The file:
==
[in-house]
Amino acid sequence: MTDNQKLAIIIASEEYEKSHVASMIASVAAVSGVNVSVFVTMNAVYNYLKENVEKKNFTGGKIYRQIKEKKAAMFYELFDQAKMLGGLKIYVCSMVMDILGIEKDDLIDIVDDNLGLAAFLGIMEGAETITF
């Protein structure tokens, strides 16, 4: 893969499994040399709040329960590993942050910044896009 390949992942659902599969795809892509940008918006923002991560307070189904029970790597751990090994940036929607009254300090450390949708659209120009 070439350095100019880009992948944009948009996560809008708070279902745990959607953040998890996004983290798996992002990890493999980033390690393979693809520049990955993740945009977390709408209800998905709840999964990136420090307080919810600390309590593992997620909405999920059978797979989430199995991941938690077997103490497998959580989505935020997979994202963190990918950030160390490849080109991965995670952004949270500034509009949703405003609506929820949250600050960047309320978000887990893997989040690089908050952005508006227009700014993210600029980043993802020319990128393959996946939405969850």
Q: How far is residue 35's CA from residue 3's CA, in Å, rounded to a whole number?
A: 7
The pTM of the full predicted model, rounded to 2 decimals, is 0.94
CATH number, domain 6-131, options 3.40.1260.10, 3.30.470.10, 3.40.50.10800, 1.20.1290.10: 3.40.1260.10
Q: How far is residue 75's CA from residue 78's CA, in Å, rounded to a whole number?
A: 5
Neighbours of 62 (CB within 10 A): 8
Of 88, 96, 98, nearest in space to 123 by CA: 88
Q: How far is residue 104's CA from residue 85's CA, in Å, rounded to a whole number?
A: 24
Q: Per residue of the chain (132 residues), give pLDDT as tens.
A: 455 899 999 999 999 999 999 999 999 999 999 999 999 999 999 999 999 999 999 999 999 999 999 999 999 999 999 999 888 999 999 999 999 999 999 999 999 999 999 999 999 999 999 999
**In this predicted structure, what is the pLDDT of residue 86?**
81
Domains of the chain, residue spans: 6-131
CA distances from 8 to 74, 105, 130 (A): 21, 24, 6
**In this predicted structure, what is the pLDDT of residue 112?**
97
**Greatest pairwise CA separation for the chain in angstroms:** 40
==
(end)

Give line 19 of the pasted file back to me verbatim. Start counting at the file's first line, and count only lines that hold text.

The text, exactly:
CA distances from 8 to 74, 105, 130 (A): 21, 24, 6